Small mammal winter preparations
You may have noticed that many animals seem to be moving around more this time of year. Well, it’s not your imagination. Animals such as squirrels, raccoons, opossums, and skunks are busy right now preparing for the approaching winter weather. They’re eating more so they can fatten up, storing away food, and searching for warm spots to huddle up when the weather turns cold.
Yes, many wild animals know what’s coming. They don’t have a radio, a TV, or a phone with a weather app, but they can tell that the days are getting shorter and that can only mean one thing—winter’s coming. So, squirrels busily take fallen leaves and add to their large nests high up in the trees, reinforcing the nests for the winter months. Some squirrels will carry leaves to a hole in a tree, where they use them to insulate the cavity and that’s where they’ll spend the winter. Of course, squirrels are also eating as many nuts as they can to fatten up and are storing away nuts for upcoming days when food becomes scarce.
Raccoons prepare in much the same way. They, too, go on an eating binge during the fall to gain insulating fat. Of course, raccoons are omnivorous, meaning that they will eat just about anything. They, too, gather up leaves and use them to fill up tree cavities. There, in the hollow trees, they’ll spend the winter, basking in the warmth of a blanket of leaves. Raccoons will also spend the winter in hollow logs, in sheds, or just about any other sheltered area, although trees are their preferred winter home.
Opossums also prepare for winter in much the same way as raccoons, eating plants, insects, and small animals to gain fat in the fall. Then, they search out a protected spot in a tree, log, or outbuilding, where they can stay warm and protected from the winter elements.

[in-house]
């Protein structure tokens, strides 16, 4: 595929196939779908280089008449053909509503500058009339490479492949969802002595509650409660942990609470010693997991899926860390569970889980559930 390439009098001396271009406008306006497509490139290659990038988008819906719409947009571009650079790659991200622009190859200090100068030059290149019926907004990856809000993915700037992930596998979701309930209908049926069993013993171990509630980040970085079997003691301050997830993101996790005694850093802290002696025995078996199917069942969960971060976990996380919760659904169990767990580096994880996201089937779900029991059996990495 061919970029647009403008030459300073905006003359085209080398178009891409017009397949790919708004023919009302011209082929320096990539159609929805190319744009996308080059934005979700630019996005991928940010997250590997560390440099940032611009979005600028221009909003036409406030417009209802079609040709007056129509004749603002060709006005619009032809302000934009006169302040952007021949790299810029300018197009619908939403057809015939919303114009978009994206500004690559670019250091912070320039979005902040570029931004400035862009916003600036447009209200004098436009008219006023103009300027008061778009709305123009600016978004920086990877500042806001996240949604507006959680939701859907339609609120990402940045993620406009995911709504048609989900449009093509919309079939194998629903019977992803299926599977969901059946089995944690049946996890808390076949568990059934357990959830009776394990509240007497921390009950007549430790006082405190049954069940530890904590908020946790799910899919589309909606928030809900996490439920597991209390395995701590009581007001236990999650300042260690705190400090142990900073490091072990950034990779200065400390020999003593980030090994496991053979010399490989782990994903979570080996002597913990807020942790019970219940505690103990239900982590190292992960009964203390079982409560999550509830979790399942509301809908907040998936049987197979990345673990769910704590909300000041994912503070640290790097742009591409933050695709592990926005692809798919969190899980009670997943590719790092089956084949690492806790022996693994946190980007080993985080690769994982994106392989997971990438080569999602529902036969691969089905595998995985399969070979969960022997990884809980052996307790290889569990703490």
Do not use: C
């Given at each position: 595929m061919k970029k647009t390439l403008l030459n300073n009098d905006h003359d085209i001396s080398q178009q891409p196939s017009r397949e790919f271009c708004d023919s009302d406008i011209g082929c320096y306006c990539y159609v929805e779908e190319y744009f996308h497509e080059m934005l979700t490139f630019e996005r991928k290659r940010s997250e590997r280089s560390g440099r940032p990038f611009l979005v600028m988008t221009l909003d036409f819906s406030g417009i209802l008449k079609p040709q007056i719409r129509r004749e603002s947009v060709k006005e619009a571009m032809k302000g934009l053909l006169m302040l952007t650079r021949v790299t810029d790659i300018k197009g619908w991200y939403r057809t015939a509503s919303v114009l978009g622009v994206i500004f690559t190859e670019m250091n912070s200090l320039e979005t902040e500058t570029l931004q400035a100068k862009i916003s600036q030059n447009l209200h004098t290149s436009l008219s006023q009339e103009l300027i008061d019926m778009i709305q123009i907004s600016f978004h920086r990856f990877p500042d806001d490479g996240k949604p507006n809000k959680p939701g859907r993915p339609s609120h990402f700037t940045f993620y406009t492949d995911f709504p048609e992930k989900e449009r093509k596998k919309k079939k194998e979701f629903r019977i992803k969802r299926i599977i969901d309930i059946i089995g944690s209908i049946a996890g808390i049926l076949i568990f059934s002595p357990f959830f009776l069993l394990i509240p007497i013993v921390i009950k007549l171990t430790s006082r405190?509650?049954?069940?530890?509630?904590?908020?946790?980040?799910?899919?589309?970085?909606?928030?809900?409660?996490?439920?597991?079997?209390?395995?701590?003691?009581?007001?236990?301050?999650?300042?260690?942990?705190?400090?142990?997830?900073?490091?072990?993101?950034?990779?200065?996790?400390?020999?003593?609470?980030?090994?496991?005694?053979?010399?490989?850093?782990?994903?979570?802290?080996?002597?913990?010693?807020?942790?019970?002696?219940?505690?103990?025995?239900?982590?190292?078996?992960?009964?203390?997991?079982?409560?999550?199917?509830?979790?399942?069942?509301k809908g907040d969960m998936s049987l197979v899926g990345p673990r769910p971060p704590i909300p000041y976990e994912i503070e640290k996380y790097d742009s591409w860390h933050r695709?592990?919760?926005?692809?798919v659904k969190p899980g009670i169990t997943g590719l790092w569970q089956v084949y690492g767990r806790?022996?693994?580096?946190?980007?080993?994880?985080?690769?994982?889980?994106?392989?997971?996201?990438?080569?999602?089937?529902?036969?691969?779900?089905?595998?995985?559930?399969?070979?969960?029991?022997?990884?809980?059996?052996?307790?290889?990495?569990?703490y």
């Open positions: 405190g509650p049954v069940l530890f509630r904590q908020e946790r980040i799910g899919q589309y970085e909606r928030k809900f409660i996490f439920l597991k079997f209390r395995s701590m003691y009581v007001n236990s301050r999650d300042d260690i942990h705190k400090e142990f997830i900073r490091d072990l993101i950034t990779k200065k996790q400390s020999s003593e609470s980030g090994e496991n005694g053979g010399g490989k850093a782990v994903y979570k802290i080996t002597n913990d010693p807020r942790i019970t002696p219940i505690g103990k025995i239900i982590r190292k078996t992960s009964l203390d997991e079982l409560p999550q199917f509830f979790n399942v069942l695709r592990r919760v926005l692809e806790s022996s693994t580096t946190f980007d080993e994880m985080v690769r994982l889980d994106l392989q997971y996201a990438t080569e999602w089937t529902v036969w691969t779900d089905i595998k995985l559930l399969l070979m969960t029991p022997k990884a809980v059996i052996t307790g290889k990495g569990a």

Skunks are a little different. They, too, will eat almost anything to gain some winter fat, but they tend to prefer insects and grubs that they find along or under the ground. Also, since they’re not good climbers, they make their winter homes closer to the ground than some of the other animals. They will find a spot in a log, under a deck, or under a rock or a brush pile. If it’s a warm, protected spot on or under the ground, they’re happy.
Many people think that once these critters find a cozy spot for the winter, they curl up and hibernate. But, that’s not true. All of these animals stay active all winter. They do sleep much more during the winter months, than they do the rest of the year, though. And, during severe weather like a blizzard, they may go several days without venturing out, living off of the fat they put on during the fall, as well as any food they may have stored away. But, they will eventually come out, forage for food where they can find it, then return to the safety and warmth of their winter home.
So, this time of year is a busy one for many animals. Like us, they’re preparing for what lies ahead. They’re doing that by eating more to fatten up, storing away food, and moving into nests and dens that are better suited to protecting them from the harsh winter weather that’s coming. Life can be hard for these critters, but they know how to survive. And, during the fall, we have a wonderful opportunity to watch them do just that.